There cosmos indicates the created physical universe, heaven and earth, everything. Okay, back to the book of John, this time in chapter 13, where Jesus used the word cosmos, or at least John did talking of Jesus. John 13:1,

Now before the feast of the Passover, when Jesus knew that his hour was come that he should depart out of this world

Where was He going to leave? He was going to leave the earth and go to heaven to be back with the Father. Cosmos here means the earth. Okay, in John 12:31, this is the one where Jesus used it.

Now is the judgment of this world. Now shall the prince of this world be cast out.

Here world is being used of the anti-God, political-religious economic system under Satan. This is probably its most common usage, the one most frequently used. It's the anti-God, political-religious economic system under Satan. Hold your finger in John. We're going to go to Romans 3:19. This one's kind of interesting in light of the Covenant series.

Now we know that what things soever the law says, it says to them who are under the law, that every mouth may be stopped, and all the world may become guilty before God.

Here the most specific application of the word world means those who are under the law. In this case the verse itself defines its specific use. You begin to get the idea. You have to look at the context to understand its most specific use. But even here you have to be a little bit careful because every once in awhile there are verses in other parts of the Bible that impact upon what the word world means.

Now back to the book of John, this time in chapter 15 and in verse 18. This one is pretty specific, but it again is nonetheless true. John 15:18:

If the world hate you, you know that it hated Me before it hated you.

The word world here is all of humanity, minus those who didn't hate Christ, those who do not hate God. I should have had you hold your finger in the book of Romans. Romans 11:25:

For I would not, brethren, that you should be ignorant of this mystery, lest you should be wise in your own conceits; that blindness in part is happened to Israel, until the fullness of the Gentiles come in.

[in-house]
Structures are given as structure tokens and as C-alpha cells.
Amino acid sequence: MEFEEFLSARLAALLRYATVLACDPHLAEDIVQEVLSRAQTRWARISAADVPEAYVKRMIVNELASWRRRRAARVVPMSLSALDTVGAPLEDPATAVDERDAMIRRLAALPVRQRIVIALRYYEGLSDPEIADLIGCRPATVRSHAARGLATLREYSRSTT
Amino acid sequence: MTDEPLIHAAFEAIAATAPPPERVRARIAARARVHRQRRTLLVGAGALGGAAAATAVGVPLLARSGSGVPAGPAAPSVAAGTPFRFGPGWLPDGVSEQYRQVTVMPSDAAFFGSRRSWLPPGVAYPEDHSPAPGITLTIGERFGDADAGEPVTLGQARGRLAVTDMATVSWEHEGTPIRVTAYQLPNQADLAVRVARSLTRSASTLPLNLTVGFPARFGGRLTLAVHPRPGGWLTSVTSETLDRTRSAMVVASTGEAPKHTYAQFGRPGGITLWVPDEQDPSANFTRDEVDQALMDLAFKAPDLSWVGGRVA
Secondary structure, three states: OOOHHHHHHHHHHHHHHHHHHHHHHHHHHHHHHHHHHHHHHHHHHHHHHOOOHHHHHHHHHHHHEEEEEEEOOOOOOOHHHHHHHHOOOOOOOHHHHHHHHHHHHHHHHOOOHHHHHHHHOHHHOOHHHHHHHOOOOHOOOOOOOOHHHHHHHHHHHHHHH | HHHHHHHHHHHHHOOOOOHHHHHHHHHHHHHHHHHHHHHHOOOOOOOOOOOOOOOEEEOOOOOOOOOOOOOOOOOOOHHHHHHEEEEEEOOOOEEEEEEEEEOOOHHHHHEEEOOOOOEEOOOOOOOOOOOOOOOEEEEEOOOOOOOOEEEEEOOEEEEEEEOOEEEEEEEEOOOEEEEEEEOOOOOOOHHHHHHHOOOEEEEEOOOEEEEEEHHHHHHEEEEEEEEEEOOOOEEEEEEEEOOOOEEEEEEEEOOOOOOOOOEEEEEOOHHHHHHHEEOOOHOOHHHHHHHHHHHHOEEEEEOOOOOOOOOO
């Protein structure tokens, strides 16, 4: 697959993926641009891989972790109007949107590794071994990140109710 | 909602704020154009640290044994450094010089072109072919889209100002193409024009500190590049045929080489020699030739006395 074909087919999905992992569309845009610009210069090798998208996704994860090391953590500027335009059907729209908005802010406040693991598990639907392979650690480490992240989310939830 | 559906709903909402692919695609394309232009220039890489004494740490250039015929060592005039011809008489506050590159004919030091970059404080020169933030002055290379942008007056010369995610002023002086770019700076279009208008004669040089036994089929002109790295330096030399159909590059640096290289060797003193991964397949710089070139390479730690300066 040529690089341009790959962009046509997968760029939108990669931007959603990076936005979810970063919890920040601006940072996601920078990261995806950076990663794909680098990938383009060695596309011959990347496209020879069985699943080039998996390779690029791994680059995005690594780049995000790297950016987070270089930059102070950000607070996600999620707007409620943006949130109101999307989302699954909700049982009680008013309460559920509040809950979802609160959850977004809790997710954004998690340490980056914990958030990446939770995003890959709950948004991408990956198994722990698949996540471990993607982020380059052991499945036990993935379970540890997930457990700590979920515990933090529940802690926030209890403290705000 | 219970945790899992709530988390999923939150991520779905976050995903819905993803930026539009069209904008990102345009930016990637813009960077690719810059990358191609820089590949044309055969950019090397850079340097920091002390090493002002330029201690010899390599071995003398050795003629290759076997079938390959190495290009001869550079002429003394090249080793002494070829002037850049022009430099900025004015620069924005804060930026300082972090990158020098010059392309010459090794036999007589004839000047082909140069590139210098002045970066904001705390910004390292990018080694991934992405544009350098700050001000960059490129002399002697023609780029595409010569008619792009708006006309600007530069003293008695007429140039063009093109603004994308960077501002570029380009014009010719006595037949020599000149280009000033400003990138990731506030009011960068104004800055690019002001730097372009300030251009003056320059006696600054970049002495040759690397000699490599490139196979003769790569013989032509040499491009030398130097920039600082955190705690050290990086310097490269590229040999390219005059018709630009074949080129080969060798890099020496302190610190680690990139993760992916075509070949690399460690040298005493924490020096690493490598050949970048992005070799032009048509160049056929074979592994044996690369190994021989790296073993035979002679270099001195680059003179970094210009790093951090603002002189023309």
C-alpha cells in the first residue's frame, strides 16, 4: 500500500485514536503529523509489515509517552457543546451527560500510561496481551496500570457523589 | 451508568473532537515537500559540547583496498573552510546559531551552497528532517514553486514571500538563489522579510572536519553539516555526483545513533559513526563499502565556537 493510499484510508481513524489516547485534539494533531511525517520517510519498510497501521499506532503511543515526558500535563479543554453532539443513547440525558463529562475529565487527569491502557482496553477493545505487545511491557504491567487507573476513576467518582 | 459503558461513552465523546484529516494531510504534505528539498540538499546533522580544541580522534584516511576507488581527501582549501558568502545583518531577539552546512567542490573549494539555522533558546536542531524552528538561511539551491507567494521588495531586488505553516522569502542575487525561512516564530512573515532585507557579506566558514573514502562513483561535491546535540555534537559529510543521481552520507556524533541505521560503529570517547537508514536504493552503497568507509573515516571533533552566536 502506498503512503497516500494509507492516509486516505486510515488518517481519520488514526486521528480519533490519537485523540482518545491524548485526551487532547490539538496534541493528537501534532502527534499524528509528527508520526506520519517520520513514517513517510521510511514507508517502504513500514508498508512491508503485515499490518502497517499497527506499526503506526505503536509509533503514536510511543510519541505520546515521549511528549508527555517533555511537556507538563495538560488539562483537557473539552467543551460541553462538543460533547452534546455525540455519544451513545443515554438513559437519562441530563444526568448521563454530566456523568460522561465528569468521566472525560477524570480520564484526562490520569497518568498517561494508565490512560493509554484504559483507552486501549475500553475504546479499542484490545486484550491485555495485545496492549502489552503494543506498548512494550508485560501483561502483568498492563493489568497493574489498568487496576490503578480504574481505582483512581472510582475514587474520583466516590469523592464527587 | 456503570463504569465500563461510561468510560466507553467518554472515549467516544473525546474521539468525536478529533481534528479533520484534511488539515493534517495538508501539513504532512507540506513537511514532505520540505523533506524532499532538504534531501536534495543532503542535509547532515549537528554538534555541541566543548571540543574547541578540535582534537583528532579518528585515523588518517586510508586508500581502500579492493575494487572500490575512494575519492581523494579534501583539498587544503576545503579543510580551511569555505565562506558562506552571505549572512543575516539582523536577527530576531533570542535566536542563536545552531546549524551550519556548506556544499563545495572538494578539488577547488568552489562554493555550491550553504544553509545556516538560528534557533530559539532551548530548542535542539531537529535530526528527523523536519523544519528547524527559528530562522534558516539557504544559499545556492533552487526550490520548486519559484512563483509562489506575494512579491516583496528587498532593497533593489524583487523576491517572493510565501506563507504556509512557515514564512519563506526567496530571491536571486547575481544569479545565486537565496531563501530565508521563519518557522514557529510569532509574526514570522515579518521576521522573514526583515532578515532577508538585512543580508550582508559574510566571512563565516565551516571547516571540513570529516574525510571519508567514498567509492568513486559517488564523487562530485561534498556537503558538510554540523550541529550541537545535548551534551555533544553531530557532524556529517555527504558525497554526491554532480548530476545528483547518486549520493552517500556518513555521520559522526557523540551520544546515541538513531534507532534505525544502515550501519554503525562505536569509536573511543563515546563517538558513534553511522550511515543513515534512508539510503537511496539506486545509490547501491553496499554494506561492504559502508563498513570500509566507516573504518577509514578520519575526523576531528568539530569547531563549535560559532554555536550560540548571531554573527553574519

Here the world is the world of Gentiles. In this case, the context excludes those in Israel who can see. Back to John 3:16. In this context, the subject here involves Nicodemus, who is a Jew, and it's good to understand what the Jews thought about their relationship to God under the Old Covenant and what they thought was true, I mean it was basically true, and that is that God's mercies were confined to Israel. Now as a generality that was true because God even says in Amos 3:2, With you only have I made this covenant. Of all the people in the world, I've shown you My love. That's basically what it says. So what Nicodemus undoubtedly believed was that God's mercies were confined to his own nation.

However, what Christ was beginning to enter into was His announcement that God's mercies were going to be extended to the regions beyond Israel, Judah—in other words, to the Gentiles. But the covenant that He was going to make with people, the New Covenant, was not going to be confined just to Israel. It was going to be opened up to the Gentiles. It was ultimately to become worldwide in its scope.

Now Nicodemus didn't know that. Jesus Christ knew that, and you can begin to follow this through the book of John in chapter 4. Another step is taken with the woman at the well. He announced to her that it's not going to long before you're not going to go to Jerusalem to worship God, and the temple is going to be of no value in terms of a relationship with God.

Nicodemus didn't understand that and that, at least partly, led that God was going to begin to expand His operations. In other words, I'm saying here that His world, or the world of His people was going to include Gentiles. Now look at verse 15.

That whosoever believes in Him should not perish, but have eternal life.

I am sure that Nicodemus would have interpreted this whosoever means anybody who is a Jew. But subsequent events showed that Jesus meant all nations. Before we get leaping too far, does this mean that God loves every individual among the Gentiles? Well, hardly, because we have seen world used in a general sense rather than a specific sense. You see, it is relative to its context.

Now hold your finger there and turn to II Peter 2:5.

And spared not the old world, but saved Noah the eighth person, a preacher of righteousness, bringing in the flood upon the world of the ungodly;